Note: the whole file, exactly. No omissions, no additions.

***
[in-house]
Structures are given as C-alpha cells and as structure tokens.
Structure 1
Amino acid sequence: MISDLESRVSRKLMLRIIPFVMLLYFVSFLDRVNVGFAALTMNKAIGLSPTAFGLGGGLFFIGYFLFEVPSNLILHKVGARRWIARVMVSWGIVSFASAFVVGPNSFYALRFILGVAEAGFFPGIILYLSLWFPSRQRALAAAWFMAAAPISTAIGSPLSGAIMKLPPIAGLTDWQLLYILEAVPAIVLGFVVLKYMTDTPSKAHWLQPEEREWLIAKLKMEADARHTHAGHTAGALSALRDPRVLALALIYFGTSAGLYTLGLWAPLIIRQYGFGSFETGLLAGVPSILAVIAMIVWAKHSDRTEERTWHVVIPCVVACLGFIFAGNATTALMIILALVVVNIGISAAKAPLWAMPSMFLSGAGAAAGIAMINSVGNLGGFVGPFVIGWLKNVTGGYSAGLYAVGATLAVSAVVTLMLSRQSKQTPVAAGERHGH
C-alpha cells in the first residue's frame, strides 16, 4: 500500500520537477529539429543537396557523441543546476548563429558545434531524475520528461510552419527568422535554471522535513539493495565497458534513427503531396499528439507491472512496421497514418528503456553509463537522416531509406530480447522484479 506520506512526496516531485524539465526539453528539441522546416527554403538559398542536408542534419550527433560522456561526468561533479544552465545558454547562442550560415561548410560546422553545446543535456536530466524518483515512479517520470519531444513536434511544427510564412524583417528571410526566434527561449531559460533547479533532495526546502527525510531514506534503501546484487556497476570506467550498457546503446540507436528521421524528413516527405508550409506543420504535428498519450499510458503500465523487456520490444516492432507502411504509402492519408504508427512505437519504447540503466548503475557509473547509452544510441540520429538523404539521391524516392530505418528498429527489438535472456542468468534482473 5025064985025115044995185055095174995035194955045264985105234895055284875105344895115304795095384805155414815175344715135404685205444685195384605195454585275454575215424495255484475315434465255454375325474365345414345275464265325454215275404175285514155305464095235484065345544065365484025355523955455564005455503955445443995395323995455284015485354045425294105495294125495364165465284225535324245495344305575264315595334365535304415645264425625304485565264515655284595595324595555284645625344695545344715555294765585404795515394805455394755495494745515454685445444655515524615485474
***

[in-house]
Structures are given as C-alpha cells and as structure tokens.
Structure 1
Amino acid sequence: MISDLESRVSRKLMLRIIPFVMLLYFVSFLDRVNVGFAALTMNKAIGLSPTAFGLGGGLFFIGYFLFEVPSNLILHKVGARRWIARVMVSWGIVSFASAFVVGPNSFYALRFILGVAEAGFFPGIILYLSLWFPSRQRALAAAWFMAAAPISTAIGSPLSGAIMKLPPIAGLTDWQLLYILEAVPAIVLGFVVLKYMTDTPSKAHWLQPEEREWLIAKLKMEADARHTHAGHTAGALSALRDPRVLALALIYFGTSAGLYTLGLWAPLIIRQYGFGSFETGLLAGVPSILAVIAMIVWAKHSDRTEERTWHVVIPCVVACLGFIFAGNATTALMIILALVVVNIGISAAKAPLWAMPSMFLSGAGAAAGIAMINSVGNLGGFVGPFVIGWLKNVTGGYSAGLYAVGATLAVSAVVTLMLSRQSKQTPVAAGERHGH
C-alpha cells in the first residue's frame, strides 16, 4: 500500500520537477529539429543537396557523441543546476548563429558545434531524475520528461510552419527568422535554471522535513539493495565497458534513427503531396499528439507491472512496421497514418528503456553509463537522416531509406530480447522484479 506520506512526496516531485524539465526539453528539441522546416527554403538559398542536408542534419550527433560522456561526468561533479544552465545558454547562442550560415561548410560546422553545446543535456536530466524518483515512479517520470519531444513536434511544427510564412524583417528571410526566434527561449531559460533547479533532495526546502527525510531514506534503501546484487556497476570506467550498457546503446540507436528521421524528413516527405508550409506543420504535428498519450499510458503500465523487456520490444516492432507502411504509402492519408504508427512505437519504447540503466548503475557509473547509452544510441540520429538523404539521391524516392530505418528498429527489438535472456542468468534482473 5025064985025115044995185055095174995035194955045264985105234895055284875105344895115304795095384805155414815175344715135404685205444685195384605195454585275454575215424495255484475315434465255454375325474365345414345275464265325454215275404175285514155305464095235484065345544065365484025355523955455564005455503955445443995395323995455284015485354045425294105495294125495364165465284225535324245495344305575264315595334365535304415645264425625304485565264515655284595595324595555284645625344695545344715555294765585404795515394805455394755495494745515454685445444655515524615485474